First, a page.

2 Concordia Parish historians honored

Published 12:03 am Tuesday, February 11, 2014

Vidalia — Two Concordia Parish residents were recognized Monday for their work in helping document the history of the parish.

The Concordia Parish Police Jury passed a resolution Monday evening in honor of Corinne Randazzo and Marilyn Campbell.

“We wanted to recognize them for all the good work they have done for this parish,” Police Jury President Melvin Ferrington said. “They do so much for this parish that helps a lot of people without asking for anything in return.”

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Randazzo, a life-long resident of Vidalia and widow of former mayor Samuel Randazzo, is known as a local historian when not volunteering her time at Our Lady of Lourdes Catholic Church.

She is a former educator, having spent 36 years in the Natchez-Adams School District, who has worked for a variety of community service organizations including the Concordia Council on Aging.

One of Randazzo’s most important history projects for Vidalia includes documenting the moving of the town in 1938.

The U.S. Army Corps of Engineers altered the flow of the Mississippi River, and since the Vidalia-Natchez area was one of the narrowest points on the river, the waters threatened the “old town” of Vidalia.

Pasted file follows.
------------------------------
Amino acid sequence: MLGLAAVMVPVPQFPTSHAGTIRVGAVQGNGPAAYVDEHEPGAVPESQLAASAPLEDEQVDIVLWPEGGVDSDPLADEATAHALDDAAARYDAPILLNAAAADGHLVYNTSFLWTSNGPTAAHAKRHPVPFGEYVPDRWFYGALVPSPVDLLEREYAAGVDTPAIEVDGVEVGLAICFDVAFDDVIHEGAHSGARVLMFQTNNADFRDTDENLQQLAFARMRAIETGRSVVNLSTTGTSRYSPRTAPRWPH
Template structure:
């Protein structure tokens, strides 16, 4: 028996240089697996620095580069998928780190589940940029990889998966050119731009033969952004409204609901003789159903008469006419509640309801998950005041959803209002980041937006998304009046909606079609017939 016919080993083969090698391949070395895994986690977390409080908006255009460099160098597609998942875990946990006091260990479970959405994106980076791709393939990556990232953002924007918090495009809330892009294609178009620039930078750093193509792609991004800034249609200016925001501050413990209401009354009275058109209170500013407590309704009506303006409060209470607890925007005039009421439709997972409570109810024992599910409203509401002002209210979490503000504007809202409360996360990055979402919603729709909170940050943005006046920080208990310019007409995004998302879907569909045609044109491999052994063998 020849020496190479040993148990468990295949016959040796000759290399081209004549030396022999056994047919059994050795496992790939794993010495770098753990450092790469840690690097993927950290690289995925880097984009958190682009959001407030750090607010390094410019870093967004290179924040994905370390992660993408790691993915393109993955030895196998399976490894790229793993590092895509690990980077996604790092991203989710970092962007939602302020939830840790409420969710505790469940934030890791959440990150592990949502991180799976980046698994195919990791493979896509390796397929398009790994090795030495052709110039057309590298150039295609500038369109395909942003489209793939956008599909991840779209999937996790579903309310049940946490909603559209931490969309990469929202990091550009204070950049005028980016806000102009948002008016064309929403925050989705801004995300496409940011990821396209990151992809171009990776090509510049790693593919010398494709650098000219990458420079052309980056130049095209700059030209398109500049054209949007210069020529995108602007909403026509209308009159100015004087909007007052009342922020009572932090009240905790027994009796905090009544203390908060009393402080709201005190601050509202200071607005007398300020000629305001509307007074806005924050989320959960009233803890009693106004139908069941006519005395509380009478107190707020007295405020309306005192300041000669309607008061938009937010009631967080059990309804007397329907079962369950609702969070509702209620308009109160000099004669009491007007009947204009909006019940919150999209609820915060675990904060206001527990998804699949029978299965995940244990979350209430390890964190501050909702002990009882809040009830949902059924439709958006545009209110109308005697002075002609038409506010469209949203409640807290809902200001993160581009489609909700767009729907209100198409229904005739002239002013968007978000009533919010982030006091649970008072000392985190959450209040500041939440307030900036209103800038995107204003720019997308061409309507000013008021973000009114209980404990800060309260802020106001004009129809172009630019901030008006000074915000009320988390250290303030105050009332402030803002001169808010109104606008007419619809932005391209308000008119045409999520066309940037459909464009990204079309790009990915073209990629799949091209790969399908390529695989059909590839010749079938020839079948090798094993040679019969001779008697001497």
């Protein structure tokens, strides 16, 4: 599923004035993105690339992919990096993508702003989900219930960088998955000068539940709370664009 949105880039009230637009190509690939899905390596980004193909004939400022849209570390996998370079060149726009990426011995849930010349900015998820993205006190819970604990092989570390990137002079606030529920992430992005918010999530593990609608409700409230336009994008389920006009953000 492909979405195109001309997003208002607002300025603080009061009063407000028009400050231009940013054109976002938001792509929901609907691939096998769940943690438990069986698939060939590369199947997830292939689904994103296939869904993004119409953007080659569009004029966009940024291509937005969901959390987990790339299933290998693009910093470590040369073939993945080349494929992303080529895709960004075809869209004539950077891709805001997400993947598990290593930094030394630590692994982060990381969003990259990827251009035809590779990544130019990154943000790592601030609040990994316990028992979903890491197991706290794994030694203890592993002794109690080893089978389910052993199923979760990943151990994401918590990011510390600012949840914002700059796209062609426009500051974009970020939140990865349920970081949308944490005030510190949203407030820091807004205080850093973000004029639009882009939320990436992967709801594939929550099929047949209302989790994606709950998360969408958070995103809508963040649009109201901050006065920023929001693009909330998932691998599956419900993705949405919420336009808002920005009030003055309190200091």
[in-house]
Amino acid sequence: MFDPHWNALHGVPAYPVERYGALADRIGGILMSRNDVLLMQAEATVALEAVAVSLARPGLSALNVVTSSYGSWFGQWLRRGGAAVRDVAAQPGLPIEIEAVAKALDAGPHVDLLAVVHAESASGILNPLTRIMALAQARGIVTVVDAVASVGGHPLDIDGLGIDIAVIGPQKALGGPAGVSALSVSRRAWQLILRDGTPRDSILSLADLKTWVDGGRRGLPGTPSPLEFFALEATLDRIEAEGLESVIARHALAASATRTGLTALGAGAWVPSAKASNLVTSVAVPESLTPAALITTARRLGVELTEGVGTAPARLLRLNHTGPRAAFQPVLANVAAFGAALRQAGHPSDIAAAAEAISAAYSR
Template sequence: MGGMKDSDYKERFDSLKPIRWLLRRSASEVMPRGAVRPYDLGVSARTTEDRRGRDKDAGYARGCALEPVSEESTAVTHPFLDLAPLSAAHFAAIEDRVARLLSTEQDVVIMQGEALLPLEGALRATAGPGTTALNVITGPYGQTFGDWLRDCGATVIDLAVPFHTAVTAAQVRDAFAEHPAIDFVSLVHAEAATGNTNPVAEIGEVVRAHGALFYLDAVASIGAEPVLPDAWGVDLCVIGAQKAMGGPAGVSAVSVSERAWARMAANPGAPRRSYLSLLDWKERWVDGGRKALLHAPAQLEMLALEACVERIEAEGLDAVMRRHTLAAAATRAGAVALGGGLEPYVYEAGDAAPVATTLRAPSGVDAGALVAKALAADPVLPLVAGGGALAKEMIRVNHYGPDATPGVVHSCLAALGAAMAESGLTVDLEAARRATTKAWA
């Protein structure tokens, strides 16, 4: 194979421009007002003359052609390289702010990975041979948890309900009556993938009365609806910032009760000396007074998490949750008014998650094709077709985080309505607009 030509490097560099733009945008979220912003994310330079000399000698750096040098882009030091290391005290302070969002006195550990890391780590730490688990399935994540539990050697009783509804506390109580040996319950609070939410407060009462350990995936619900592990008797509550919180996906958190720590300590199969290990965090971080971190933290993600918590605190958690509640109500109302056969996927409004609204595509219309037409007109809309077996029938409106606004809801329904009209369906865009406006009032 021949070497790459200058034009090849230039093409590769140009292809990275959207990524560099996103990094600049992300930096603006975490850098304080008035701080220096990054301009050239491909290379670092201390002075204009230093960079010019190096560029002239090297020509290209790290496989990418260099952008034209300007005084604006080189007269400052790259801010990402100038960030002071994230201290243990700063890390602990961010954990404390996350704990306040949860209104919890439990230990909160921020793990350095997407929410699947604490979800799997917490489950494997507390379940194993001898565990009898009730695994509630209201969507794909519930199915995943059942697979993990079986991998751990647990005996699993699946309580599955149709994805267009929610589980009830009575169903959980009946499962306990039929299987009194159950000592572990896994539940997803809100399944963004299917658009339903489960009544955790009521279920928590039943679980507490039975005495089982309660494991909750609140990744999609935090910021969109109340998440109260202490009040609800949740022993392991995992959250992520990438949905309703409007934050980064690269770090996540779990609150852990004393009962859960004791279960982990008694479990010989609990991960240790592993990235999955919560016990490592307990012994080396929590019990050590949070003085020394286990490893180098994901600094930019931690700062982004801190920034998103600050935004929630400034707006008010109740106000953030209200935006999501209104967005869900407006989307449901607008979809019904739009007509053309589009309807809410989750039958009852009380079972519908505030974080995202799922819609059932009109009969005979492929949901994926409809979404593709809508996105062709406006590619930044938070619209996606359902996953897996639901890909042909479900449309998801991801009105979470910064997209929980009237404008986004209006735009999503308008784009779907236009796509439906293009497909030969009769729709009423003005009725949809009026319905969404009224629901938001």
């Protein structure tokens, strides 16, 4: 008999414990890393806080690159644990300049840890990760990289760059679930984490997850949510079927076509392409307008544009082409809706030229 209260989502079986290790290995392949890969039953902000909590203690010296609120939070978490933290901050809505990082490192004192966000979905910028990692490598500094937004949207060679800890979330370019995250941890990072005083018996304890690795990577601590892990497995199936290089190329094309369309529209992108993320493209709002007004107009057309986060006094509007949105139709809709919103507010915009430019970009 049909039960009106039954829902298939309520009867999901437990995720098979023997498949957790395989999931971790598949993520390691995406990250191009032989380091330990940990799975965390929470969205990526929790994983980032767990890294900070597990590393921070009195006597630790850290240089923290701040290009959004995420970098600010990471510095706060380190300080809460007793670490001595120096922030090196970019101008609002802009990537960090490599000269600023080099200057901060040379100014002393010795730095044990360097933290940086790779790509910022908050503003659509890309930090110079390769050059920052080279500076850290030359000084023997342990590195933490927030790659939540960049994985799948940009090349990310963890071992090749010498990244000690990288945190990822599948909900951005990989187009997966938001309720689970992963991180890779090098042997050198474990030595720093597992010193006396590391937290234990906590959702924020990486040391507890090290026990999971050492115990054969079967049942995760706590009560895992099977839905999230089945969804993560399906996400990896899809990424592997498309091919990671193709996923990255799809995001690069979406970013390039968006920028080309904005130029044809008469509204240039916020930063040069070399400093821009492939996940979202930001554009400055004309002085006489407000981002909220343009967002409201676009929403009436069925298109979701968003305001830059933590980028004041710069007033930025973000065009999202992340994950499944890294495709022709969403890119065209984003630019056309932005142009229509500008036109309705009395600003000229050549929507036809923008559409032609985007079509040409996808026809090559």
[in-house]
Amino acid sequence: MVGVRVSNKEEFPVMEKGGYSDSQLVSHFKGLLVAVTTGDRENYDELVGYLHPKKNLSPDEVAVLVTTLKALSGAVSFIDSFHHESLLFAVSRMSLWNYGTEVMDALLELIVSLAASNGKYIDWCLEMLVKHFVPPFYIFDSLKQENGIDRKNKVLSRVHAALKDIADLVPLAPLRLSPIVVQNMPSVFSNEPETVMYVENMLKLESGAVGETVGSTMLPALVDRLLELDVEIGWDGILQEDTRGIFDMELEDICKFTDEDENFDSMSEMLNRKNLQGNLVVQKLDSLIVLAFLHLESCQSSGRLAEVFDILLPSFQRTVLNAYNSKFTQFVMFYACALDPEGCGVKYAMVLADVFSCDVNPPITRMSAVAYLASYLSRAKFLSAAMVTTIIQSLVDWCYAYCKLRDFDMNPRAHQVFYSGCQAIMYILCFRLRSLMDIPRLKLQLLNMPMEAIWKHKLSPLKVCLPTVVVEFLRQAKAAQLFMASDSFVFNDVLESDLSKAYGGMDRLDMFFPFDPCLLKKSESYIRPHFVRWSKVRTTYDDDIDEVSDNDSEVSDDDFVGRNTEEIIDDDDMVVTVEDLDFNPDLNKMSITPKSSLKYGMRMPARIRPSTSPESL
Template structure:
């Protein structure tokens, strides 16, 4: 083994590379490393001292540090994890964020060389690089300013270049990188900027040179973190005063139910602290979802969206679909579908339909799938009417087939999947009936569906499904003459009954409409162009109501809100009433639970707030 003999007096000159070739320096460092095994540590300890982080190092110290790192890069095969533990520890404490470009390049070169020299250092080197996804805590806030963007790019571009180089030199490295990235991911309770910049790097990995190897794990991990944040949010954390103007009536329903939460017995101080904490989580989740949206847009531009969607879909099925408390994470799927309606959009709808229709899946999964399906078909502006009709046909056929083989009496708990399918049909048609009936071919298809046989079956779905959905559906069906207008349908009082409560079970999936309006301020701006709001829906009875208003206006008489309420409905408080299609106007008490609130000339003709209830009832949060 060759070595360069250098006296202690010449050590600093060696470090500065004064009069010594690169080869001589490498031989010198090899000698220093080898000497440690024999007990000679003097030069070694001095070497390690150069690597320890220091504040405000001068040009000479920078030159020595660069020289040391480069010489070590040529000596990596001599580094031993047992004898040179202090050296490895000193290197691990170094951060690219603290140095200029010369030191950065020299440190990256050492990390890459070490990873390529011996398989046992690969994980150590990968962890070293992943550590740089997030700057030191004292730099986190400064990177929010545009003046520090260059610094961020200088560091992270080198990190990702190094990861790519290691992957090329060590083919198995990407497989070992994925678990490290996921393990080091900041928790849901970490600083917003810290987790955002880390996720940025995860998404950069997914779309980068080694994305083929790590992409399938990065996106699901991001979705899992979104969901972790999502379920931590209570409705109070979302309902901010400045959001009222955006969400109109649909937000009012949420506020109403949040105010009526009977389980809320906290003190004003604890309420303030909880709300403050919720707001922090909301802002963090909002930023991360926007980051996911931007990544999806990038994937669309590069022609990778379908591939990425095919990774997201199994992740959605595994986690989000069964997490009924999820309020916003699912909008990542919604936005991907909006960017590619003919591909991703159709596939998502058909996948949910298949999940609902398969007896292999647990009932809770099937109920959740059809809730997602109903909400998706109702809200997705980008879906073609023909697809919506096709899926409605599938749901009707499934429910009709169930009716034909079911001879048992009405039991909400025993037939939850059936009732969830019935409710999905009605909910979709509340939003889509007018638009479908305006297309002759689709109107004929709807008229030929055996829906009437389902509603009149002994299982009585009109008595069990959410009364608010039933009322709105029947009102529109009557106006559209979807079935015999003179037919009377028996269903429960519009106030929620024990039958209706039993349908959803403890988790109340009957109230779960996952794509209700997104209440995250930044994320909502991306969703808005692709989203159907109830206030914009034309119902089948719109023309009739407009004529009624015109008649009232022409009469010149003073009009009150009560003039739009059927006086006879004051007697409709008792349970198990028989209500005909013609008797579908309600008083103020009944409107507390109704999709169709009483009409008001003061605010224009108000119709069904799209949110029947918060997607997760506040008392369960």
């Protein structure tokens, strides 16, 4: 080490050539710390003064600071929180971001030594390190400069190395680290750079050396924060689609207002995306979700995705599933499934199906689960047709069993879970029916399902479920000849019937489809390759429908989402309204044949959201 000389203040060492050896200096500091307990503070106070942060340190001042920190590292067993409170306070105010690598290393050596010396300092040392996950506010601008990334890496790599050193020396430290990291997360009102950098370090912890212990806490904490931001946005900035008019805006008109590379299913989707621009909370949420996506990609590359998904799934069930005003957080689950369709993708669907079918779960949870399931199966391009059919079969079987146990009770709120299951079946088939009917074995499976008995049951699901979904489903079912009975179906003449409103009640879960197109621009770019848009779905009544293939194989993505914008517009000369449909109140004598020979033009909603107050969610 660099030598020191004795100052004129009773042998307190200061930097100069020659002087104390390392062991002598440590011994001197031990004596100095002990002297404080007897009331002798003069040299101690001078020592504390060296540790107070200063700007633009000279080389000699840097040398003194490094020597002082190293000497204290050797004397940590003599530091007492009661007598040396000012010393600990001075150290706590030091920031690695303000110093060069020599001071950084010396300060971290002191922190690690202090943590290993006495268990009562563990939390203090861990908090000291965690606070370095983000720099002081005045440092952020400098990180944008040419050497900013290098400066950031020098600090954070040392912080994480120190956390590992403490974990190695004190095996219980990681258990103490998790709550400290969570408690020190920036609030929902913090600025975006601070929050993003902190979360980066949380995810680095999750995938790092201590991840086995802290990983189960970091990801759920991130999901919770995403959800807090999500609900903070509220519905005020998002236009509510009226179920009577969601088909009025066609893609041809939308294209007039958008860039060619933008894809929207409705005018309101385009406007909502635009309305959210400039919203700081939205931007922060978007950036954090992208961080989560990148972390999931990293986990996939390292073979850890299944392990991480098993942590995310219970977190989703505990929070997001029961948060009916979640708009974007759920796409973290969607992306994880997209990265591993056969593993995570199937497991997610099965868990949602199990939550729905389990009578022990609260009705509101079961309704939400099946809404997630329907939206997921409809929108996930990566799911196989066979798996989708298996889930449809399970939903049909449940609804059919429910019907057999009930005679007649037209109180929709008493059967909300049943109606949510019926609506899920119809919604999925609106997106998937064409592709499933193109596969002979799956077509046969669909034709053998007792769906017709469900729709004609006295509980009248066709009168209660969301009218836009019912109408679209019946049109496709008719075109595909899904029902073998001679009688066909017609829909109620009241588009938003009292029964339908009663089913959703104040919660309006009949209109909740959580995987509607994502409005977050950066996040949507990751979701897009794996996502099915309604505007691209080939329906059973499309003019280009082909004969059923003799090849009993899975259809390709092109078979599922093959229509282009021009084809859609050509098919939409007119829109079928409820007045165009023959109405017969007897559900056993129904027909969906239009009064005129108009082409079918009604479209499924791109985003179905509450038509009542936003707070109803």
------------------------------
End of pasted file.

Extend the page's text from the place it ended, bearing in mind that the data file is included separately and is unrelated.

A group of Vidalia residents put up a fight, and plans were laid to relocate the town a little more than a mile from where it was before.

“Vidalians have always been fighters,” Randazzo said. “The story shows the perseverance of the people of the town and how much they loved their town.”

Randazzo worked to archive photos of the “old town,” the moving of the town and the development of the “new town.”

“I didn’t really do any of this for the recognition or praise, but I just wanted to leave something behind for people to know about our town,” Randazzo said. “Those stories are what new Vidalians or people just moving to the area need to hear.”

Campbell, who works for the Concordia Parish School Board, is also known as a local historian in Concordia Parish, specializing in the Monterey area. The Concordia Parish native works to preserve the history of the area by drawing accurate maps that show what used to be, while also collecting vintage photographs and other materials.

“I want to help preserve our history, so we can teach our kids to appreciate their heritage,” Campbell said. “I want my grandchildren to be able to hear the stories I grew up on.”

Last year, Campbell presented a reading of, “Winter Voices from a Miss-Lou Past,” at the Concordia Parish Chamber of Commerce’s annual banquet and awards dinner.

The story detailed the reactions of residents in southwest Concordia Parish when a gas plant in Ferriday caught fire.

Ferrington said the contributions of Randazzo and Campbell are invaluable to the police jury and to many others in the parish.

“The mapping and historical data gathering they have done is just incredible,” Ferrington said. “They deserve all the recognition they can get.”